More shaky ground lies ahead for the Baltimore Grand Prix.

Race On LLC, which financed the professional motorsport event, decided Sept. 12 that the scheduling conflicts with other events planned for Labor Day weekend blocked further participation in the event billed “Celebration of Acceleration.”

They had been at the helm of organizing the race since last year, making the company the third business to take on the event after the Baltimore Racing Development folded, and Downforce Racing was terminated in 2012.

“Last year was a stabilizing year. This year we actually moved the race forward,” said J.P Grant, leader of Race On LLC. “We hit a home run.”

Grant said that Race On LLC will no longer be a part of the Grand Prix simply because events already taking place in coming years during Labor Day weekend in Baltimore have made it impossible to book the necessary space at the Baltimore Convention Center.

Grant said that next year Ohio State’s football team is scheduled to play Navy in Baltimore Labor Day weekend.

And in 2015 a convention is scheduled for Labor Day weekend.

“We had to work around those dates, and with all the different parties involved, we just couldn’t come up with a date that worked with the schedule of all the different parties,” Grant told the AFRO. “There were just too many moving parts to this. We couldn’t get a positive conclusion.”

The Grand Prix closed out it’s first year millions of dollars in the red. City taxes and fees were left unpaid, and city businesses were left holding the bag after they invested into the initiative.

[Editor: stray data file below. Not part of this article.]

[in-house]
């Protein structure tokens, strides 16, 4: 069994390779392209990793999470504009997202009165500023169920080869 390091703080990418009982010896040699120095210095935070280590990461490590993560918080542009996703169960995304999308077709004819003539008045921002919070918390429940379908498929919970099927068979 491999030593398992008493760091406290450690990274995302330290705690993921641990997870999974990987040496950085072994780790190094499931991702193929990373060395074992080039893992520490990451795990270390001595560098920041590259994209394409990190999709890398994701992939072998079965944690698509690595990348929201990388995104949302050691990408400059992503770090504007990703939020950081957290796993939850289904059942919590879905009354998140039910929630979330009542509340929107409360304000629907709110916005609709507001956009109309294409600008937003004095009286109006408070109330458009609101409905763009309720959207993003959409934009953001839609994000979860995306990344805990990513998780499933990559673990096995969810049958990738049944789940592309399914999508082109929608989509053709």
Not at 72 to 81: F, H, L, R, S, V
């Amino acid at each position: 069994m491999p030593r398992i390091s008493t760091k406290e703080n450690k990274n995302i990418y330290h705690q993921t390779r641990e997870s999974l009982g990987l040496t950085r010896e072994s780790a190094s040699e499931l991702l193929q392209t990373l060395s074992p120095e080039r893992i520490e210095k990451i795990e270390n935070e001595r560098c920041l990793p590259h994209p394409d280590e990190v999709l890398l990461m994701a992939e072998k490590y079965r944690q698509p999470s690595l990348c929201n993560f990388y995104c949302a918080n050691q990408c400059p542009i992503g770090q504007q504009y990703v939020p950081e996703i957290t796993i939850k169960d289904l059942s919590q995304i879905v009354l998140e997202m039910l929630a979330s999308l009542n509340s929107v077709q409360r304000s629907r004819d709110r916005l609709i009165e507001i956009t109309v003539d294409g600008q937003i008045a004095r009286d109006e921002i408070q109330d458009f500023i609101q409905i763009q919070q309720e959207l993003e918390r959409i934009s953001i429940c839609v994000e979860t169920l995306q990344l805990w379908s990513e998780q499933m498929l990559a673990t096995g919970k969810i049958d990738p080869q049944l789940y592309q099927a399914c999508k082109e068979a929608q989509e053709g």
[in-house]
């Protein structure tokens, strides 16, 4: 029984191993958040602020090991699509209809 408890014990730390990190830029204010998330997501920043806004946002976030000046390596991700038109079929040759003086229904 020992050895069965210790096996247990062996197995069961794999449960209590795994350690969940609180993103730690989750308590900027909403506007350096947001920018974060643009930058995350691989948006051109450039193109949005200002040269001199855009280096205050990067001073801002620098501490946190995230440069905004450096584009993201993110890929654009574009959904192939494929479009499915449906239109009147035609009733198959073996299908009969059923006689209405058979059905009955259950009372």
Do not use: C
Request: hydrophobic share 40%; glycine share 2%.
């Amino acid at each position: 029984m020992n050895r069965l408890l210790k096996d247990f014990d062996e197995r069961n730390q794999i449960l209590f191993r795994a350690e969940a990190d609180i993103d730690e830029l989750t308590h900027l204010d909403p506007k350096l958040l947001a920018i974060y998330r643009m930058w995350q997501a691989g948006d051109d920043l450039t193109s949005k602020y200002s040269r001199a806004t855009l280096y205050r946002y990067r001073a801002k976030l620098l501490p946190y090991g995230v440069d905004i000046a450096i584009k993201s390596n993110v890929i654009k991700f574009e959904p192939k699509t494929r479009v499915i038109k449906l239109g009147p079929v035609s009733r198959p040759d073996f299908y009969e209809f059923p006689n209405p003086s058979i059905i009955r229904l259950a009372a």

Grant said that over 150,000 people showed up for the event this year, versus 131,500 last year. There was also a significant increase in local sponsorships, including support from Maryland Live, Budweiser brewer Anheuser-Busch Companies, Inc. and Southern Spirits.

“We had a five-year contract and two years into it we could compare favorably to any race in the country,” said Grant. “We had sponsors that were line up for 2014 and 2015, but if we go to them and say that we aren’t having a race, they will think hard about us coming back in 2016 saying ‘the race is on.’”

“It would be very difficult to regain the momentum that we have to put on a comparable race. To wait until 2016 would be starting from zero for us.”

Grant said that his key objective for taking on the challenge of the Baltimore Grand Prix was to “show Baltimore what can happen when you think big and have the right team in place.”

“This race was shown in more than 160 countries worldwide. I wanted to expand the image of the city,” he said.

No future replacement for Race On, LLC is in sight at the moment, but Grant said that he would be glad to work with future organizers and share his experience.

Grant said that the fourth company to take over the Grand Prix should be well capitalized and have someone in the ranks that understands the racing business.


Alexis Taylor

AFRO Staff Writer